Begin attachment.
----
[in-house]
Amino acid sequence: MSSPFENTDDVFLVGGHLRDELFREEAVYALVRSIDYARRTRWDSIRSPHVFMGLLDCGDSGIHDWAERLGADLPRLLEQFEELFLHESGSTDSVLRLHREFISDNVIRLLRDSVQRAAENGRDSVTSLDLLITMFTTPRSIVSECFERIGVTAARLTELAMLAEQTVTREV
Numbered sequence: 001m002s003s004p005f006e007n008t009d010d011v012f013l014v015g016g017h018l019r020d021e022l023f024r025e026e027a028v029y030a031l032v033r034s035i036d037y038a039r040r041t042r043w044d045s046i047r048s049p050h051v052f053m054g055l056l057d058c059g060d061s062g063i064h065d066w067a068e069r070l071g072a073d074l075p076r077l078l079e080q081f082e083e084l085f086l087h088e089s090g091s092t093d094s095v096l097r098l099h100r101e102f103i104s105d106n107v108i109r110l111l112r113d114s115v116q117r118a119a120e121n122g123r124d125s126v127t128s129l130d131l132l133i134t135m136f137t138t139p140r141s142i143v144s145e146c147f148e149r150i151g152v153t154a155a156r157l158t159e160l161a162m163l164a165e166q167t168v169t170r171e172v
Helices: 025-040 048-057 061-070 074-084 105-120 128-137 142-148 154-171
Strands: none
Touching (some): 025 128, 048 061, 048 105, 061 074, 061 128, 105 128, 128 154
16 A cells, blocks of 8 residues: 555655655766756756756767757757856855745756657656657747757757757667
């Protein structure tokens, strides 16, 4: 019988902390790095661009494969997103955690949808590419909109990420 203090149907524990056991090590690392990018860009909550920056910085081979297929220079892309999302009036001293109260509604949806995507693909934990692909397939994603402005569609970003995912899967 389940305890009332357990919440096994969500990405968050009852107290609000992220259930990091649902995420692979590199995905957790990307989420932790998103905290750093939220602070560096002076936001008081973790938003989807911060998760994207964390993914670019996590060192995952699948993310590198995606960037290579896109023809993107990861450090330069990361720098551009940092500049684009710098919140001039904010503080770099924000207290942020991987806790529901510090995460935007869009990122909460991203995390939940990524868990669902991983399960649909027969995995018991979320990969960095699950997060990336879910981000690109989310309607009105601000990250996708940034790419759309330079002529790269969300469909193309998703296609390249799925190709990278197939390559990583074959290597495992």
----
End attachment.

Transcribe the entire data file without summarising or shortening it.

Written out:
[in-house]
Amino acid sequence: MSSPFENTDDVFLVGGHLRDELFREEAVYALVRSIDYARRTRWDSIRSPHVFMGLLDCGDSGIHDWAERLGADLPRLLEQFEELFLHESGSTDSVLRLHREFISDNVIRLLRDSVQRAAENGRDSVTSLDLLITMFTTPRSIVSECFERIGVTAARLTELAMLAEQTVTREV
Numbered sequence: 001m002s003s004p005f006e007n008t009d010d011v012f013l014v015g016g017h018l019r020d021e022l023f024r025e026e027a028v029y030a031l032v033r034s035i036d037y038a039r040r041t042r043w044d045s046i047r048s049p050h051v052f053m054g055l056l057d058c059g060d061s062g063i064h065d066w067a068e069r070l071g072a073d074l075p076r077l078l079e080q081f082e083e084l085f086l087h088e089s090g091s092t093d094s095v096l097r098l099h100r101e102f103i104s105d106n107v108i109r110l111l112r113d114s115v116q117r118a119a120e121n122g123r124d125s126v127t128s129l130d131l132l133i134t135m136f137t138t139p140r141s142i143v144s145e146c147f148e149r150i151g152v153t154a155a156r157l158t159e160l161a162m163l164a165e166q167t168v169t170r171e172v
Helices: 025-040 048-057 061-070 074-084 105-120 128-137 142-148 154-171
Strands: none
Touching (some): 025 128, 048 061, 048 105, 061 074, 061 128, 105 128, 128 154
16 A cells, blocks of 8 residues: 555655655766756756756767757757856855745756657656657747757757757667
């Protein structure tokens, strides 16, 4: 019988902390790095661009494969997103955690949808590419909109990420 203090149907524990056991090590690392990018860009909550920056910085081979297929220079892309999302009036001293109260509604949806995507693909934990692909397939994603402005569609970003995912899967 389940305890009332357990919440096994969500990405968050009852107290609000992220259930990091649902995420692979590199995905957790990307989420932790998103905290750093939220602070560096002076936001008081973790938003989807911060998760994207964390993914670019996590060192995952699948993310590198995606960037290579896109023809993107990861450090330069990361720098551009940092500049684009710098919140001039904010503080770099924000207290942020991987806790529901510090995460935007869009990122909460991203995390939940990524868990669902991983399960649909027969995995018991979320990969960095699950997060990336879910981000690109989310309607009105601000990250996708940034790419759309330079002529790269969300469909193309998703296609390249799925190709990278197939390559990583074959290597495992």